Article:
“What a Retired Schoolteacher Taught Dan Quayle”

Back in June of 1992, the furor in the press blew a silly (and no doubt embarrassing) incident quite out of proportion, and twenty-five years later, former Vice President Dan Quayle has probably still not “lived it down.”  My intention in this blog post, however, is not to focus on the day when Quayle visited a sixth grade English class in New Jersey and “helpfully” encouraged a student at the blackboard to add an “e” to the end of the word “potato,” because he said the young man had not spelled it quite right.  Instead, I want to tell you about Quayle’s encounter two years earlier with a retired schoolteacher who wanted his help in taking her tutoring program to the national level.  The enthusiastic and innovative thinking that led to the creation of that tutoring program is what I mean by “wisdom in our own backyards” — and it’s the kind of idea that every one of us can come up with in our own unique way.
That feisty “little old lady” was the irrepressible Julia Goldstein — and one day when she was visiting the first grade classroom of her young grandson in University Park, Missouri, she noticed a couple of the children daydreaming, simply staring out the window rather than focusing on their schoolwork.  Having served as an elementary school teacher herself for more than 50 years, Ms. Goldstein felt certain that if teachers allowed these young students to fall off course with their studies, it would affect the way they engaged in education for years to come.  
Then at the age of 85, it occurred to Ms. Goldstein that a number of her retired friends felt somewhat disconnected from their families and were looking for a better way to pass the hours each day.  She quickly arranged to pair one of her retired friends with a first grade student for one hour each week, as sort of an “honorary grandparent,” and the results were impressive.  Simply by showing an interest in each young student’s academic performance, and letting them know that someone really cared about them — even if parents at home were too busy to pay close attention to their work at school —  there was a noticeable boost in self-esteem and in the quality of their work.  The program grew to include approximately 60 senior citizens and the same number of students, and it was truly a “win-win” for both partners of each tutoring team.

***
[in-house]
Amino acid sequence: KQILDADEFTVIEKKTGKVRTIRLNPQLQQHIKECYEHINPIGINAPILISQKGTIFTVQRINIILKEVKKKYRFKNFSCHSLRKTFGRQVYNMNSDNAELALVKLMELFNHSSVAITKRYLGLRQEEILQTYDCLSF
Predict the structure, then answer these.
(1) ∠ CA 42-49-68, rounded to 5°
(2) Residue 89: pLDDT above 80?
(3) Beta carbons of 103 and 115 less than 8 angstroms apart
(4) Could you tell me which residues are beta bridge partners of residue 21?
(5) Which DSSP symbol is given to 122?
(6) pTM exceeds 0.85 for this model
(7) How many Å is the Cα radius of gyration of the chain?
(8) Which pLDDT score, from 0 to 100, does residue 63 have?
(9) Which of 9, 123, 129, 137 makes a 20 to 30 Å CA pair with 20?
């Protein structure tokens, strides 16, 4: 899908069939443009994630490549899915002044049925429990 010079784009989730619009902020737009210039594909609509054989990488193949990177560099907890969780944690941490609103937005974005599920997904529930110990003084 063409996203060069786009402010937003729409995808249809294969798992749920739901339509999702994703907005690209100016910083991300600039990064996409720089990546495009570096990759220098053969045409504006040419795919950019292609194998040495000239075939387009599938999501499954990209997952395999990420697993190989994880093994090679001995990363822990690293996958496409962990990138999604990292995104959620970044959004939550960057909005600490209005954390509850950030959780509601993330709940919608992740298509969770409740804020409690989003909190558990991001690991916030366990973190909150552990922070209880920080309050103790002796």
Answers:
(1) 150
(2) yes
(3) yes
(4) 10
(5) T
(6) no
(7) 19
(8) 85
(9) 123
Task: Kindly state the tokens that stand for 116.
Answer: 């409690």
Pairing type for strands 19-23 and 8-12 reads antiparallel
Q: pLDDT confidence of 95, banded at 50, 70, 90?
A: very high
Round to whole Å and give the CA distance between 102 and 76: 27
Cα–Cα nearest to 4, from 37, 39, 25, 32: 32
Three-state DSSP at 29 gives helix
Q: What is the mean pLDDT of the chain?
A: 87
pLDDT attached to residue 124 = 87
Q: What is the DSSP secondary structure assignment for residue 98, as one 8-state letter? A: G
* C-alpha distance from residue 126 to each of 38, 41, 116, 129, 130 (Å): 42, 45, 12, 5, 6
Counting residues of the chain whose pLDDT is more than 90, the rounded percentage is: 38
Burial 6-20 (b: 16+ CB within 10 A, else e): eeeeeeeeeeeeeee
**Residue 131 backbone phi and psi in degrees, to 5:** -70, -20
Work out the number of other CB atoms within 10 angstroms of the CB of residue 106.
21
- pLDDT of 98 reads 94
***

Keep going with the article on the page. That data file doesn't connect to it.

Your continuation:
One year after bringing her tutoring program to the attention of Vice President Quayle, Julia Goldstein was honored by then President George H.W. Bush, as one of his “Thousand Points of Light” — a program that celebrated a wide range of inspiring volunteers, all dedicated to making a difference in their community and in our nation.
In 1991, at a special ceremony in Orlando honoring more than 500 individuals singled out as “Points of Light” for their vision and dedication President Bush quoted another great visionary, Walt Disney.  “The greatest moments in life are not concerned with selfish achievements,” Disney said, “but rather with the things we do for the people.”  President Bush said that Walt Disney would have been proud of the leaders they were celebrating that day, paying tribute to “the American spirit, the greatest natural resource of this, the greatest nation in the entire world.”  He called the award recipients “American heroes,” and praised them for showing “the better angels of our nature, for volunteering to help others in their own communities.”  He concluded by saying that “They sum up the genius of this great and generous land; ordinary people but doing extraordinary things.”
In his speech, he singled Julia Goldstein out by name, noting that even at the age of 91 she was inspired to visit her local elementary school nearly every day, to make sure that she was doing her part to keep the young students “on track.”
In 1994, two years after her death at the age of 94, a preschool in University Park was named for this inspiring grassroots hero — the Julia Goldstein Early Childhood Education Center.
While some news producers might have looked at the idea of traveling to St. Louis to interview a retired schoolteacher then in her 90s as something less than a “dream assignment,” I remain glad that CBS news correspondent David Culhane and I had the opportunity to meet this remarkable woman.  I had the pleasure of visiting Ms. Goldstein once or twice in the years that followed, and wish I could tell her that her spirit truly does live on.  
One of the sad aspects of my work for Charles Kuralt at CBS Sunday Morning was the fact that quite often I’d be sent to do a story about someone in their seventies … or eighties … or, like Ms. Julia Goldstein, their nineties — and we’d become friends.  Those friendships were often bittersweet because, all too often, they came to a sudden end just a few years after we met one another.  This was also the case with aerial photographer Robert Cameron and environmental advocate Marjorie Stoneman Douglas, who holds the distinction of being the oldest person I’ve ever interviewed, at the age of 105.
What can we all learn from Julia Goldstein’s example?  I believe the lesson here is that we each have the opportunity to make our own “small corner of the world” (figuratively “our own backyard”) a little bit better, and — through the ripple effects that follow, we have the chance to improve the lives of others.  I encourage you to think about a situation or challenge in your town or neighborhood, and reflect on how (perhaps by combining forces with other like-minded individuals) you can make a difference in the lives of others.  When you have a chance to see the results of your action, I can assure you that it’s well worth the time and effort!